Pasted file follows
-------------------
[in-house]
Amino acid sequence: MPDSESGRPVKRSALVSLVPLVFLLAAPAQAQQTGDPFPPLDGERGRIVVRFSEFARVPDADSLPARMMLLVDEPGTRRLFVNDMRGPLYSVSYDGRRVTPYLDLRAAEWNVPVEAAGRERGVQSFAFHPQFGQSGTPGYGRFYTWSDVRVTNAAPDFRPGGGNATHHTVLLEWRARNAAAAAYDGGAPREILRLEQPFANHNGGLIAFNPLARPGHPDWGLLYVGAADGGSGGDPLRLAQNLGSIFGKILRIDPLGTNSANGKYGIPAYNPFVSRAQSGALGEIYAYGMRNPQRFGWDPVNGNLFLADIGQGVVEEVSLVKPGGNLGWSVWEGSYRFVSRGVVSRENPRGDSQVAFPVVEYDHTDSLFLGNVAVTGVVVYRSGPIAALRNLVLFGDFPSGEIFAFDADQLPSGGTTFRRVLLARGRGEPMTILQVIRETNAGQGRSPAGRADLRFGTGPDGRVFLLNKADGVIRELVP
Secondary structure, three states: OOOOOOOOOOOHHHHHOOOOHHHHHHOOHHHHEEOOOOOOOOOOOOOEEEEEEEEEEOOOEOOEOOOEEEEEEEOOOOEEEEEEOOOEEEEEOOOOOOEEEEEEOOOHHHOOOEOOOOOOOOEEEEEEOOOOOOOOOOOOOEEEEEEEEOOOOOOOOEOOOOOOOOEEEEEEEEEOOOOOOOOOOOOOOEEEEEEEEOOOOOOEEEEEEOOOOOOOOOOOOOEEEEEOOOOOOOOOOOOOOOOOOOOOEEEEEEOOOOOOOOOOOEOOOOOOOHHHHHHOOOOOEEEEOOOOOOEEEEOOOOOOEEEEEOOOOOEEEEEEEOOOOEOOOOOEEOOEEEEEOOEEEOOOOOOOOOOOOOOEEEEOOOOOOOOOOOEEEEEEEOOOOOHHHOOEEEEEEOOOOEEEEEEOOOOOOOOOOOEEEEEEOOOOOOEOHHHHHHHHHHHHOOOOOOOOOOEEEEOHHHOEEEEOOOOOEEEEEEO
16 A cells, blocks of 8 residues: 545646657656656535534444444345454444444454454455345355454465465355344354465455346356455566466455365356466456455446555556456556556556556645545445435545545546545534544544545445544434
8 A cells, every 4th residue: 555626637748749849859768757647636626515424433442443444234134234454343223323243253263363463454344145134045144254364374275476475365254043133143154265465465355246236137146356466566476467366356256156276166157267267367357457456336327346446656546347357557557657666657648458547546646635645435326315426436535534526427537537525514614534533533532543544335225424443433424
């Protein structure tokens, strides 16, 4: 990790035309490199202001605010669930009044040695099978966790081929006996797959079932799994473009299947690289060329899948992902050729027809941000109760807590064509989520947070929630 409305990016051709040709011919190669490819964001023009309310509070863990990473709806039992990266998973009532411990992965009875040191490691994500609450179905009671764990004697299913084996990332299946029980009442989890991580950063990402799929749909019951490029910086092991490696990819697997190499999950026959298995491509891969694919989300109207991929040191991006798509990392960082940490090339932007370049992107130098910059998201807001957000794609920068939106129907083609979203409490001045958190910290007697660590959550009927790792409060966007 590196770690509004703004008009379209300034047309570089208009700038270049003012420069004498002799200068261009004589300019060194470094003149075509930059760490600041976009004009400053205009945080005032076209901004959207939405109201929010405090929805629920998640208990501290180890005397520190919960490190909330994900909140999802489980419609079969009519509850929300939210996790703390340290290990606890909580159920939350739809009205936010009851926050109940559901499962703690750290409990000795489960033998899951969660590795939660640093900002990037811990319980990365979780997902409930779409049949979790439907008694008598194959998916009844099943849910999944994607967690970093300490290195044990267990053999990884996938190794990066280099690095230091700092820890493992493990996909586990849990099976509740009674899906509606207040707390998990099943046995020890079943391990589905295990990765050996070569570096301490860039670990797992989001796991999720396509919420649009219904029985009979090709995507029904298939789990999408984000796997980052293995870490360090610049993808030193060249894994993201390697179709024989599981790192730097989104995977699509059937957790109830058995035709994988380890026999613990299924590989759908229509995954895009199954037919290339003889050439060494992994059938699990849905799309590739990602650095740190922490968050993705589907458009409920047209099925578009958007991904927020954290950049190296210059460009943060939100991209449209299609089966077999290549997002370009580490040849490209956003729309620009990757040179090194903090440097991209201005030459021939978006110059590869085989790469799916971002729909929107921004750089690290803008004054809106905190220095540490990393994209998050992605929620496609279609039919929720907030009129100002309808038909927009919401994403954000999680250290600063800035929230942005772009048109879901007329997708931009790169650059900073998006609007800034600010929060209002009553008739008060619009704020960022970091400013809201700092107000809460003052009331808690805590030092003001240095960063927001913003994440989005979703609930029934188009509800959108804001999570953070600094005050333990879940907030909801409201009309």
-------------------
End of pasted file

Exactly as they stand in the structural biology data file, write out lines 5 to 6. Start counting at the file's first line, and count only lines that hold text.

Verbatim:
8 A cells, every 4th residue: 555626637748749849859768757647636626515424433442443444234134234454343223323243253263363463454344145134045144254364374275476475365254043133143154265465465355246236137146356466566476467366356256156276166157267267367357457456336327346446656546347357557557657666657648458547546646635645435326315426436535534526427537537525514614534533533532543544335225424443433424
């Protein structure tokens, strides 16, 4: 990790035309490199202001605010669930009044040695099978966790081929006996797959079932799994473009299947690289060329899948992902050729027809941000109760807590064509989520947070929630 409305990016051709040709011919190669490819964001023009309310509070863990990473709806039992990266998973009532411990992965009875040191490691994500609450179905009671764990004697299913084996990332299946029980009442989890991580950063990402799929749909019951490029910086092991490696990819697997190499999950026959298995491509891969694919989300109207991929040191991006798509990392960082940490090339932007370049992107130098910059998201807001957000794609920068939106129907083609979203409490001045958190910290007697660590959550009927790792409060966007 590196770690509004703004008009379209300034047309570089208009700038270049003012420069004498002799200068261009004589300019060194470094003149075509930059760490600041976009004009400053205009945080005032076209901004959207939405109201929010405090929805629920998640208990501290180890005397520190919960490190909330994900909140999802489980419609079969009519509850929300939210996790703390340290290990606890909580159920939350739809009205936010009851926050109940559901499962703690750290409990000795489960033998899951969660590795939660640093900002990037811990319980990365979780997902409930779409049949979790439907008694008598194959998916009844099943849910999944994607967690970093300490290195044990267990053999990884996938190794990066280099690095230091700092820890493992493990996909586990849990099976509740009674899906509606207040707390998990099943046995020890079943391990589905295990990765050996070569570096301490860039670990797992989001796991999720396509919420649009219904029985009979090709995507029904298939789990999408984000796997980052293995870490360090610049993808030193060249894994993201390697179709024989599981790192730097989104995977699509059937957790109830058995035709994988380890026999613990299924590989759908229509995954895009199954037919290339003889050439060494992994059938699990849905799309590739990602650095740190922490968050993705589907458009409920047209099925578009958007991904927020954290950049190296210059460009943060939100991209449209299609089966077999290549997002370009580490040849490209956003729309620009990757040179090194903090440097991209201005030459021939978006110059590869085989790469799916971002729909929107921004750089690290803008004054809106905190220095540490990393994209998050992605929620496609279609039919929720907030009129100002309808038909927009919401994403954000999680250290600063800035929230942005772009048109879901007329997708931009790169650059900073998006609007800034600010929060209002009553008739008060619009704020960022970091400013809201700092107000809460003052009331808690805590030092003001240095960063927001913003994440989005979703609930029934188009509800959108804001999570953070600094005050333990879940907030909801409201009309």